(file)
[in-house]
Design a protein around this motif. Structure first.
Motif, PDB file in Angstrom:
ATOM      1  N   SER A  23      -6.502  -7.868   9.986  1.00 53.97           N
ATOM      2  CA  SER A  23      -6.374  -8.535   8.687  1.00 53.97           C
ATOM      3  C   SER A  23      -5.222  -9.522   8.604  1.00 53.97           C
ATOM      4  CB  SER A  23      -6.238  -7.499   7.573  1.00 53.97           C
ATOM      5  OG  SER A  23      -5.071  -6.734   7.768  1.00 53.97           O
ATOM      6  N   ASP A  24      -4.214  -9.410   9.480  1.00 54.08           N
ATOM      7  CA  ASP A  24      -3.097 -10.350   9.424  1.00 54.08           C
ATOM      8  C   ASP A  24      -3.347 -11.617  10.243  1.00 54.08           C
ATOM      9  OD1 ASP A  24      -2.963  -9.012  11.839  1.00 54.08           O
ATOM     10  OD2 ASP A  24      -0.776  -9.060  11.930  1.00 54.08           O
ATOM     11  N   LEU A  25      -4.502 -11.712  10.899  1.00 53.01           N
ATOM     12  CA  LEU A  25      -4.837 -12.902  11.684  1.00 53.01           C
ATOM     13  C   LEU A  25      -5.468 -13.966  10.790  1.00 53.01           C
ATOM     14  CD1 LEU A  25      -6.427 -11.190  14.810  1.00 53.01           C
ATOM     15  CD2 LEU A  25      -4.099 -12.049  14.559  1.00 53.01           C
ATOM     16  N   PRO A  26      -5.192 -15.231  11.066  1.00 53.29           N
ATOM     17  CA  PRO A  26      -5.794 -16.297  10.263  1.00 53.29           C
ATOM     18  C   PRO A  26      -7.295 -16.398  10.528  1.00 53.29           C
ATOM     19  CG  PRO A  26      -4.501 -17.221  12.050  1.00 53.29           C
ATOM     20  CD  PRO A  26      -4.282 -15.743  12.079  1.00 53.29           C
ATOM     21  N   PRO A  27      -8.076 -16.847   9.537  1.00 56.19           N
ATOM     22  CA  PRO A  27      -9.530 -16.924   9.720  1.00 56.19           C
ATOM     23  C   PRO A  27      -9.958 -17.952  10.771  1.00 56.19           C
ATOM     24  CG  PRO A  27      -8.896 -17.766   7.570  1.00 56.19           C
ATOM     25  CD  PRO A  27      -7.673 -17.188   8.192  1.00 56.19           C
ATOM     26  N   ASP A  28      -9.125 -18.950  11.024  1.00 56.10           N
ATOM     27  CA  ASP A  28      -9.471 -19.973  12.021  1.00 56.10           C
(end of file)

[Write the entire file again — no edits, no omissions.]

[in-house]
Design a protein around this motif. Structure first.
Motif, PDB file in Angstrom:
ATOM      1  N   SER A  23      -6.502  -7.868   9.986  1.00 53.97           N
ATOM      2  CA  SER A  23      -6.374  -8.535   8.687  1.00 53.97           C
ATOM      3  C   SER A  23      -5.222  -9.522   8.604  1.00 53.97           C
ATOM      4  CB  SER A  23      -6.238  -7.499   7.573  1.00 53.97           C
ATOM      5  OG  SER A  23      -5.071  -6.734   7.768  1.00 53.97           O
ATOM      6  N   ASP A  24      -4.214  -9.410   9.480  1.00 54.08           N
ATOM      7  CA  ASP A  24      -3.097 -10.350   9.424  1.00 54.08           C
ATOM      8  C   ASP A  24      -3.347 -11.617  10.243  1.00 54.08           C
ATOM      9  OD1 ASP A  24      -2.963  -9.012  11.839  1.00 54.08           O
ATOM     10  OD2 ASP A  24      -0.776  -9.060  11.930  1.00 54.08           O
ATOM     11  N   LEU A  25      -4.502 -11.712  10.899  1.00 53.01           N
ATOM     12  CA  LEU A  25      -4.837 -12.902  11.684  1.00 53.01           C
ATOM     13  C   LEU A  25      -5.468 -13.966  10.790  1.00 53.01           C
ATOM     14  CD1 LEU A  25      -6.427 -11.190  14.810  1.00 53.01           C
ATOM     15  CD2 LEU A  25      -4.099 -12.049  14.559  1.00 53.01           C
ATOM     16  N   PRO A  26      -5.192 -15.231  11.066  1.00 53.29           N
ATOM     17  CA  PRO A  26      -5.794 -16.297  10.263  1.00 53.29           C
ATOM     18  C   PRO A  26      -7.295 -16.398  10.528  1.00 53.29           C
ATOM     19  CG  PRO A  26      -4.501 -17.221  12.050  1.00 53.29           C
ATOM     20  CD  PRO A  26      -4.282 -15.743  12.079  1.00 53.29           C
ATOM     21  N   PRO A  27      -8.076 -16.847   9.537  1.00 56.19           N
ATOM     22  CA  PRO A  27      -9.530 -16.924   9.720  1.00 56.19           C
ATOM     23  C   PRO A  27      -9.958 -17.952  10.771  1.00 56.19           C
ATOM     24  CG  PRO A  27      -8.896 -17.766   7.570  1.00 56.19           C
ATOM     25  CD  PRO A  27      -7.673 -17.188   8.192  1.00 56.19           C
ATOM     26  N   ASP A  28      -9.125 -18.950  11.024  1.00 56.10           N
ATOM     27  CA  ASP A  28      -9.471 -19.973  12.021  1.00 56.10           C